Cheating Rock-Paper-Scissors Robot Beats Humans Every Single Time [VIDEO]

By Josh Lieberman on November 5, 2013 12:30 PM EST

rock paper scissors
A Japanese rock-paper-scissors-playing robot beats humans every time (by cheating). Above, a scene from the 2006 International World Rock Paper Scissors Championships. (Photo: Reuters)

Scientists from the University of Tokyo have developed a new, faster version of their rock-paper-scissors-playing robot. The Janken robot, named after the Japanese word for the game, can beat humans 100 percent of the time, but it doesn't exactly play fair: the robot uses high-speed vision to interpret the human's wrist movement and then play the winning move.

"The wrist joint angle of the robot hand is controlled based on the position of the human hand," the creators write. "The vision recognizes one of rock, paper and scissors based on the shape of the human hand. After that, the robot hand plays one of rock, paper and scissors so as to beat the human being in 1ms."

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The first version of the rock-paper-scissors robot took 20 milliseconds to form its own move after that 1 millisecond detection, but this newest version makes its move almost instantly. Even the first version of the Janken robot, with its 21-millisecond move, moved too quickly for the human eye to notice; the newest version makes it absolutely impossible for a human to notice that the robot is technically throwing its move after the human's. It's a highly effective, highly cheating rock-paper-scissors robot.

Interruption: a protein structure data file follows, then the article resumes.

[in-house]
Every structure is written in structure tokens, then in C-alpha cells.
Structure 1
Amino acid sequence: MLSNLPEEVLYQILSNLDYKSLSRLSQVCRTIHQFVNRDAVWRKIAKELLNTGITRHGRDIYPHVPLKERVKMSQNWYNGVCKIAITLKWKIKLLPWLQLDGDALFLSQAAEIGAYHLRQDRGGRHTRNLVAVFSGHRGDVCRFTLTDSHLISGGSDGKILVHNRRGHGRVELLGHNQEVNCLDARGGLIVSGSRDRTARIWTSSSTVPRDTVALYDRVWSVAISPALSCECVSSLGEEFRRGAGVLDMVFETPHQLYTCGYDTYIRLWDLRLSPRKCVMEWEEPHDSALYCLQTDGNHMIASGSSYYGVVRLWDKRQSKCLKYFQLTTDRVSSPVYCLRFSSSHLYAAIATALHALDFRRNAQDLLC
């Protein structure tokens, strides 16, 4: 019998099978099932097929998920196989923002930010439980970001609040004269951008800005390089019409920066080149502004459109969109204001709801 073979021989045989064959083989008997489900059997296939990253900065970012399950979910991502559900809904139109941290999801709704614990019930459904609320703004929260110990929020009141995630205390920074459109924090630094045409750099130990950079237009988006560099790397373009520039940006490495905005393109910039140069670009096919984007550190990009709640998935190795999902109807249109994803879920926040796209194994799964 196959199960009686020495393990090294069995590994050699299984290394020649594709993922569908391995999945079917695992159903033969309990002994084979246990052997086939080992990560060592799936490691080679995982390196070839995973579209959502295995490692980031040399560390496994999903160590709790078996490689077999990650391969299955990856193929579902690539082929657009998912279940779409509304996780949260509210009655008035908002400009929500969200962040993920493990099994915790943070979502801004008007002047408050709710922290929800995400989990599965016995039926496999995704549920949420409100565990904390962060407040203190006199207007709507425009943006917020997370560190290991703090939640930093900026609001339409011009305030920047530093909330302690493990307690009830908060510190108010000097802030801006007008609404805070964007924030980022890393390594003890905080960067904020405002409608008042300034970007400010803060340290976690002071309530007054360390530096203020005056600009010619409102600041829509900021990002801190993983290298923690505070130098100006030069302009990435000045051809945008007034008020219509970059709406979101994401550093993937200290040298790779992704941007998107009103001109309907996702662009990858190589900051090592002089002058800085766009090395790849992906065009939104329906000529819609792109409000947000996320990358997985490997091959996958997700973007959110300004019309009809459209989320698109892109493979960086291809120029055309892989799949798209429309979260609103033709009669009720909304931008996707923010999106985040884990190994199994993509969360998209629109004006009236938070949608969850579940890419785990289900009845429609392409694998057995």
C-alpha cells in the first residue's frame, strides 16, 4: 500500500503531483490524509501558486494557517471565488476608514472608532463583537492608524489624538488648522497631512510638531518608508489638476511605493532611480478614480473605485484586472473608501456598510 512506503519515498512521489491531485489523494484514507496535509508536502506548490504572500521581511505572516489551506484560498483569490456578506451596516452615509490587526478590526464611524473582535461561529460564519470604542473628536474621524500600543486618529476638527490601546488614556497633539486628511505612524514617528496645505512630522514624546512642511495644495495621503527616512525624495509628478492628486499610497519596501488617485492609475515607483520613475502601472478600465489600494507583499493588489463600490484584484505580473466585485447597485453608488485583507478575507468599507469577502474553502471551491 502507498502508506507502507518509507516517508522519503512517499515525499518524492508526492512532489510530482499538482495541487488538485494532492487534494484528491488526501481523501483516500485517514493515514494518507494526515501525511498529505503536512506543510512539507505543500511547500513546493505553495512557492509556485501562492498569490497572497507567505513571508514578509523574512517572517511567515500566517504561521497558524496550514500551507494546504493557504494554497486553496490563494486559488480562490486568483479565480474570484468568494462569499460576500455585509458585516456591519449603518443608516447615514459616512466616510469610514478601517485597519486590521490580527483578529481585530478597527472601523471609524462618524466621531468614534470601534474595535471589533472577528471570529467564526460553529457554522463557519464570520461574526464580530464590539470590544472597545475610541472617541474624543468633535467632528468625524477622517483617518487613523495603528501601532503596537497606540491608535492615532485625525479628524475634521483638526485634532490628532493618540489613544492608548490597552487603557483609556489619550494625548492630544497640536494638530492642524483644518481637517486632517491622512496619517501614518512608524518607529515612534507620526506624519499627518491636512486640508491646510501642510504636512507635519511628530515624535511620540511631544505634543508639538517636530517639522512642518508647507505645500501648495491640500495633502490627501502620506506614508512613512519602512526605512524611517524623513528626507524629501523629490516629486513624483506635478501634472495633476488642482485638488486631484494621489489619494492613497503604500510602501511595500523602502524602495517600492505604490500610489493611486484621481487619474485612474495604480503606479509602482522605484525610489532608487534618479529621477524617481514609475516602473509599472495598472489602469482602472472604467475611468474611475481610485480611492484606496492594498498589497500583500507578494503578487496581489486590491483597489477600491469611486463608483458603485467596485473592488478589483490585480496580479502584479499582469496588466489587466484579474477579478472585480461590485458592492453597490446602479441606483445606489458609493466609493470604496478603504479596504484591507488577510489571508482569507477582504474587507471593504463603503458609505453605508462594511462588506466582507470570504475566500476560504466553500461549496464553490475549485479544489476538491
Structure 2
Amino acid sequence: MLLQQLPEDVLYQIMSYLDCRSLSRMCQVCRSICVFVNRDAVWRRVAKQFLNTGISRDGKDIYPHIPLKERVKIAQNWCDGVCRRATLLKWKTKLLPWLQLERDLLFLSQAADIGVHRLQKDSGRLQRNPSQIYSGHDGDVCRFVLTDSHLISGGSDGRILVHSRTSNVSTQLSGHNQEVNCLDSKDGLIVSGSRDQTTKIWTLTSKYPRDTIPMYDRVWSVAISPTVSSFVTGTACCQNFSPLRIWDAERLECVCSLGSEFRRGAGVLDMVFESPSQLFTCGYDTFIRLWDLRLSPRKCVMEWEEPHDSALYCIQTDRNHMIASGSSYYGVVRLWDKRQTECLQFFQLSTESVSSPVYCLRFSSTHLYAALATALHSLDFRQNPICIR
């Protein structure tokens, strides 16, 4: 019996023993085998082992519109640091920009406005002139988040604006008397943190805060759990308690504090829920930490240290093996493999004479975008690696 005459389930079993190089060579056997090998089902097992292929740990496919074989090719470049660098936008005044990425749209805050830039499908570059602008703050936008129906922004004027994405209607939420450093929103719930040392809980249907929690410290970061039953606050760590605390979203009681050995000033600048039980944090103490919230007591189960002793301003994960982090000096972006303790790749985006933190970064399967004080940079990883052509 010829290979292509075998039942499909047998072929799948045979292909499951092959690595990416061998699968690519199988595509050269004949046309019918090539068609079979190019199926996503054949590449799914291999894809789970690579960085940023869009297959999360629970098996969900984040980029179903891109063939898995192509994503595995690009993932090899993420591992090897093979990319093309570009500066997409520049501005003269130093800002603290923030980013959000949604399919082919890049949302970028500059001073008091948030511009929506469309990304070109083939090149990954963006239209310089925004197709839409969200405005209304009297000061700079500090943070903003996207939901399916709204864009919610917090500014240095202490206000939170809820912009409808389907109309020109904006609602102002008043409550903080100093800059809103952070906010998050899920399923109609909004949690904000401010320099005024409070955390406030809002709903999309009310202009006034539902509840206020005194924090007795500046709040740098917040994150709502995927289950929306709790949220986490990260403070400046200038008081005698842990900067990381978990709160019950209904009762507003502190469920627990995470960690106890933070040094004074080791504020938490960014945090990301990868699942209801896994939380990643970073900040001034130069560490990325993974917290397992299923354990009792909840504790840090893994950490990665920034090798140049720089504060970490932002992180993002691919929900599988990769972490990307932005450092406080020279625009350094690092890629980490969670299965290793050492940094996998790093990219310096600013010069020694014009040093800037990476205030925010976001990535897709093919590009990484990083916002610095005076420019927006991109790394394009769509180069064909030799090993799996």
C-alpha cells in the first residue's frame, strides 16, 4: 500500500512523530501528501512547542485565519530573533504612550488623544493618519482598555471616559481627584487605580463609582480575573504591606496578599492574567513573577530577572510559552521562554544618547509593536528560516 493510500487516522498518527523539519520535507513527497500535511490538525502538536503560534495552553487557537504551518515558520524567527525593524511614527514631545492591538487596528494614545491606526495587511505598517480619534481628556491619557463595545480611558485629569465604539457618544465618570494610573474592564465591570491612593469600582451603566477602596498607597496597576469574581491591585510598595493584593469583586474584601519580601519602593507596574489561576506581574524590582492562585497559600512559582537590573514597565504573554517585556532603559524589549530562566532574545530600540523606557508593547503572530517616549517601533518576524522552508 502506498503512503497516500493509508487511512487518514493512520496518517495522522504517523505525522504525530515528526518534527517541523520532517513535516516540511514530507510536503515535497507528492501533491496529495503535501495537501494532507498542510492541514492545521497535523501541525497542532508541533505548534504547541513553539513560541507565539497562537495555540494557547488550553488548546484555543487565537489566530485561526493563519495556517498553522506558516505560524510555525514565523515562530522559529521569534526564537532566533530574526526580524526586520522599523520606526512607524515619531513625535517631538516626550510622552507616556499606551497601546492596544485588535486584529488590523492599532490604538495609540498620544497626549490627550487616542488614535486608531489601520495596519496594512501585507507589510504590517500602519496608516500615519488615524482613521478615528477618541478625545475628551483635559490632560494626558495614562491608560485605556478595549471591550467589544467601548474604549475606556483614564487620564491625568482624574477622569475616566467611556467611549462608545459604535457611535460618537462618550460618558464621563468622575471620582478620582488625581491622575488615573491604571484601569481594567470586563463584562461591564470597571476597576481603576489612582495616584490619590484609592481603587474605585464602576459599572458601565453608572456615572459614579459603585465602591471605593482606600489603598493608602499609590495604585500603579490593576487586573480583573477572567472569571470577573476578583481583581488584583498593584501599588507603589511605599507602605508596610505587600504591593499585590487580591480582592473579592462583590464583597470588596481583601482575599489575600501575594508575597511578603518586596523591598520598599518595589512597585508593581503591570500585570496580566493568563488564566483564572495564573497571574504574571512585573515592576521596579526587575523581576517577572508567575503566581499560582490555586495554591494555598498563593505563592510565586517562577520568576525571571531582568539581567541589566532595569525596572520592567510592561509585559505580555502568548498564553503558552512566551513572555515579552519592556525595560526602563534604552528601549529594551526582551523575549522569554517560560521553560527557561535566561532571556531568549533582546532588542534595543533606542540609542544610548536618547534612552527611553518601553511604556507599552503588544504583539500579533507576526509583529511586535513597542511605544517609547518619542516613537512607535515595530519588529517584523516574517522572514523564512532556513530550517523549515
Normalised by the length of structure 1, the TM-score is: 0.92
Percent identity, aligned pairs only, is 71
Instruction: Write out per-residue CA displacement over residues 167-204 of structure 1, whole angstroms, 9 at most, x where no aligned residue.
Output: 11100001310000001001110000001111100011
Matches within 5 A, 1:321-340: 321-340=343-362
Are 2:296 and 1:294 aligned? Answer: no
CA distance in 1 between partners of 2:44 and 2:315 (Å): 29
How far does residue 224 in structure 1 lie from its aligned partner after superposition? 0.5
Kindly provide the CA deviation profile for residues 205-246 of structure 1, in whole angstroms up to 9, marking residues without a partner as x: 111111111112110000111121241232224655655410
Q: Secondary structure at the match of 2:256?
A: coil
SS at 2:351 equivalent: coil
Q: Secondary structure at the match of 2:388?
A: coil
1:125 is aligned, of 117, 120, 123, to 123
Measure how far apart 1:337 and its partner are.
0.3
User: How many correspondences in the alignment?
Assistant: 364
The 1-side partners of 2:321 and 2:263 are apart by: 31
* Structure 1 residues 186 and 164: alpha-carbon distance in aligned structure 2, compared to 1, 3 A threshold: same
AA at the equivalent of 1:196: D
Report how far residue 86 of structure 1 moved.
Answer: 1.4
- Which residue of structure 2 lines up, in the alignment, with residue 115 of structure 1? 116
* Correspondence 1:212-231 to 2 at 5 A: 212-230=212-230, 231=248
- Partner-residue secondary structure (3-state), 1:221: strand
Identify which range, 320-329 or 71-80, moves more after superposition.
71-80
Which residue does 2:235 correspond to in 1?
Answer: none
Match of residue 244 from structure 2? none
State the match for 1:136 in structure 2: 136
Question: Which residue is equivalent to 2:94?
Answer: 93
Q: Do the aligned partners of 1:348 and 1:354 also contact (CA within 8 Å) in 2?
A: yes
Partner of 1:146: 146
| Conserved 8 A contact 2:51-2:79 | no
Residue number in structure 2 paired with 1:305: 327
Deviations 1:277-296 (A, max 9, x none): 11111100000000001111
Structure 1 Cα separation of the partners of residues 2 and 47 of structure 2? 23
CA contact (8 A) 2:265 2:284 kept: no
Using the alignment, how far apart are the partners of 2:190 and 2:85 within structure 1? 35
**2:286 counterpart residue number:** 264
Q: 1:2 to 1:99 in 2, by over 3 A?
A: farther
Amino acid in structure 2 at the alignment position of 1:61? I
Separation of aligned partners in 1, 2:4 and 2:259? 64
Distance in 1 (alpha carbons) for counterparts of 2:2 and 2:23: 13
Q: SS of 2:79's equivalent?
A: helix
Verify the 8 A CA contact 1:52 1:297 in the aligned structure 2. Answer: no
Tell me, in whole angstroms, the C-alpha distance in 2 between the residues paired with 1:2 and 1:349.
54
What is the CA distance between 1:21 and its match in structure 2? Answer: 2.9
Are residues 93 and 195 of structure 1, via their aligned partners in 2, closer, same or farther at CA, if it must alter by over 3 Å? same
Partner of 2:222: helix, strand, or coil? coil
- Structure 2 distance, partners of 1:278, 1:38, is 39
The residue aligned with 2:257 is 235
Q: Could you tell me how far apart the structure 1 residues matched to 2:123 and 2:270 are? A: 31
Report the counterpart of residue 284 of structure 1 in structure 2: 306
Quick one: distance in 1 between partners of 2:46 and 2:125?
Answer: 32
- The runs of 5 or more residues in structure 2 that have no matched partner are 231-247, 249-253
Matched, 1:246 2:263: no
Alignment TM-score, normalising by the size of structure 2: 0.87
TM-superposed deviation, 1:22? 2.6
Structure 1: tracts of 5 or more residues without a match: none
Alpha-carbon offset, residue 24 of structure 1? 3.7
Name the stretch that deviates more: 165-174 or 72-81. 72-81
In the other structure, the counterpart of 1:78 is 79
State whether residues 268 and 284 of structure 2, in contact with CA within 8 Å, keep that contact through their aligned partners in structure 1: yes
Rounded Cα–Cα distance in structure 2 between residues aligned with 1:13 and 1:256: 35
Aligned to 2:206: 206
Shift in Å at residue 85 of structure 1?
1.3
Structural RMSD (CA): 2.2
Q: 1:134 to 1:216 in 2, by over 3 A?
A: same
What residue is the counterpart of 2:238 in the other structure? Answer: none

Though you'll never win against the Janken robot, if you're playing against a human, there are a number of strategies to winning at rock-paper-scissors, according to the World RPS Society. (Interesting side note: the Society claims to have planted its roots way back in 1842, following an English law which declared that "any decision reached by the use of the process known as Paper Scissors Stone between two gentleman acting in good faith shall constitute a binding contract. Agreements reached in this manner are subject to all relevant contract and tort law." This could very well be apocryphal, but still.) Per the World RPS Society:

Contrary to what you might think RPS is not simply a game of luck or chance. While it is true that from a mathematical perspective the 'optimum' strategy is to play randomly, it still is not a winning strategy for two reasons. First, 'optimum' in this case means you should win, lose and draw an equal number of times (hardly a winning strategy over the long term). Second, Humans, try as they might, are terrible at trying to be random, in fact often humans in trying to approximate randomness become quite predictable.

Their first tip for winning at rock-paper-scissors? Never open with rock. Their whole strategy guide is a pretty interesting read, actually, so head over there and take a look. More interesting, though, is watching a robot beat a human every time, a video of which is embedded below.

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